Water Conservation Tips
Water conservation measures are an important first step in protecting our water supply. Such measures not only save the supply of our source water, but can also save you money by reducing your water bill. Here are a few suggestions:
Conservation measures you can use inside your home include
• Fix leaking faucets, pipes, toilets, etc.
• Replace old fixtures; install water-saving devices in faucets, toilets and appliances.
• Wash only full loads of laundry.
• Do not use the toilet for trash disposal.
• Take shorter showers.
• Do not let the water run while shaving or brushing your teeth.
• Soak dishes before washing.
• Run the dishwasher only when full.
You can conserve outdoors as well
• Water the lawn and garden in the early morning or evening.
• Use mulch around plants and shrubs.
• Repair leaks in faucets and hoses.
• Use water-saving nozzles.
• Use water from a bucket to wash your car, and save the hose for rinsing.
Contamination from Cross-connections
Cross-connections that could contaminate drinking water distribution lines are a major concern. A cross-connection is formed at any point where a drinking water line connects to equipment (boilers), systems containing chemicals (air conditioning systems, fire sprinkler systems, irrigation systems) or water sources of questionable quality. Cross-connection contamination can occur when the pressure in the equipment or system is greater than the pressure in the drinking water line drops due to fairly routine occurrences (main breaks, heavy water demand) causing contaminants to be sucked out from the equipment and into the drinking water line (backsiphonage).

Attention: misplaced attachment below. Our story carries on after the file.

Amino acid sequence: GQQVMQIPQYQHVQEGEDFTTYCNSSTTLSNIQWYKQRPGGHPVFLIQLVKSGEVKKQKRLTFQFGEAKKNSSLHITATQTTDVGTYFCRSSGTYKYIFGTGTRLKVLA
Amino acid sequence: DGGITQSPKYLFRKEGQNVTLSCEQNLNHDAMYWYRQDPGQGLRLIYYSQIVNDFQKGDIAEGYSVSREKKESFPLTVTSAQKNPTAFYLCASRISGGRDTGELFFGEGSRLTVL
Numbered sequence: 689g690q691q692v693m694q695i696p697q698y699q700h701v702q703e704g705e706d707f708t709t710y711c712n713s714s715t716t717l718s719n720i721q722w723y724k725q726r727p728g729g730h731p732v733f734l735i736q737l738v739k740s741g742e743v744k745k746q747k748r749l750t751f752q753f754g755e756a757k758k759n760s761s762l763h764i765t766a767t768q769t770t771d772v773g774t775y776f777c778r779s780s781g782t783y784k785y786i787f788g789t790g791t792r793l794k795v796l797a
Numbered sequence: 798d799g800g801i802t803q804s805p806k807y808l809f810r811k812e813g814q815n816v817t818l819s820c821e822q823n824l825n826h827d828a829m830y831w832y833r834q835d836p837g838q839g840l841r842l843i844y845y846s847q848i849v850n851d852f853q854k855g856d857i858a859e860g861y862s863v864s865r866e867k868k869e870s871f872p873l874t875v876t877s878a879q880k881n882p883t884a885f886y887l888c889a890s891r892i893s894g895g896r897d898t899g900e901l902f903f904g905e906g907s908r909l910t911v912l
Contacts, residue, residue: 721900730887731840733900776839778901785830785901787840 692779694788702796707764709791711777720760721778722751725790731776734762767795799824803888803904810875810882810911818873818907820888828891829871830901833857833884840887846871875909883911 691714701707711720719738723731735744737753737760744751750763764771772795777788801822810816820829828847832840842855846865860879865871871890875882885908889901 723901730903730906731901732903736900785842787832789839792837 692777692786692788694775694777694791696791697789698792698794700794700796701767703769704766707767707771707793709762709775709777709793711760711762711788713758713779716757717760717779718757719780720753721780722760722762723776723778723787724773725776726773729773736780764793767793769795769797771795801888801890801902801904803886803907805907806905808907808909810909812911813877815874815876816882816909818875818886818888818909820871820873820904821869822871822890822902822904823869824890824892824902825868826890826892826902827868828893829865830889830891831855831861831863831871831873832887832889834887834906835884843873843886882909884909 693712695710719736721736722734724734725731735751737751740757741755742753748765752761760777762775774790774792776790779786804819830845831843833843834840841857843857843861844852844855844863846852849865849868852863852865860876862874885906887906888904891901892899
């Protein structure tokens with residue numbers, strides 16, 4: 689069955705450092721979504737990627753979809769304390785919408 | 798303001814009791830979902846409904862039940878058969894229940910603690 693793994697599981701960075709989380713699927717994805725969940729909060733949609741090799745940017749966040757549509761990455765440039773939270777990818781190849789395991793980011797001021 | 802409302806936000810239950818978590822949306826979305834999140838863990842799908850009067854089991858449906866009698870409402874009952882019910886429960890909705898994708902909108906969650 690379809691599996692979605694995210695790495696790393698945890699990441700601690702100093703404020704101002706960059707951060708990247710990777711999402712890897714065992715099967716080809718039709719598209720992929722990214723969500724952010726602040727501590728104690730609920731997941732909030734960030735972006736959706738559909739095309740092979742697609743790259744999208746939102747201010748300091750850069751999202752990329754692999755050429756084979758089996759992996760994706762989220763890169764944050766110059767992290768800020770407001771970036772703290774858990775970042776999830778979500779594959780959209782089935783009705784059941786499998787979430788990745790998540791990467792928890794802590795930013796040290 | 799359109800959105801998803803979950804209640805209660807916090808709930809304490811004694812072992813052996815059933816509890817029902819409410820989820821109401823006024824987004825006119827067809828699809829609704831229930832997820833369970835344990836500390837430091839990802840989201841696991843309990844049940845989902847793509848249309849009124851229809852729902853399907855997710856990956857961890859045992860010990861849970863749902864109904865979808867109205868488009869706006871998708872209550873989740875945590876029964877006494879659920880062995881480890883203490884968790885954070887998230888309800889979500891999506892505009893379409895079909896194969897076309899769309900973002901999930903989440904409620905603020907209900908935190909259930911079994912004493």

Common Sources of Contamination
Outside water taps and garden hoses tend to be the most common sources of cross-connection contamination at home. The garden hose creates a hazard when submerged in a swimming pool or when attached to a chemical sprayer for weed killing. Garden hoses that are left lying on the ground may be contaminated by fertilizers, cesspools or garden chemicals. Improperly installed valves in your toilet could also be a source of cross-connection contamination.
Community water supplies are continuously jeopardized by cross-connections unless appropriate valves, known as backflow prevention devices, are installed and maintained. We have surveyed all industrial, commercial and institutional facilities in the service area to make sure that all potential cross-connections are identified and eliminated or protected by a backflow preventer to make sure that it is providing maximum protection.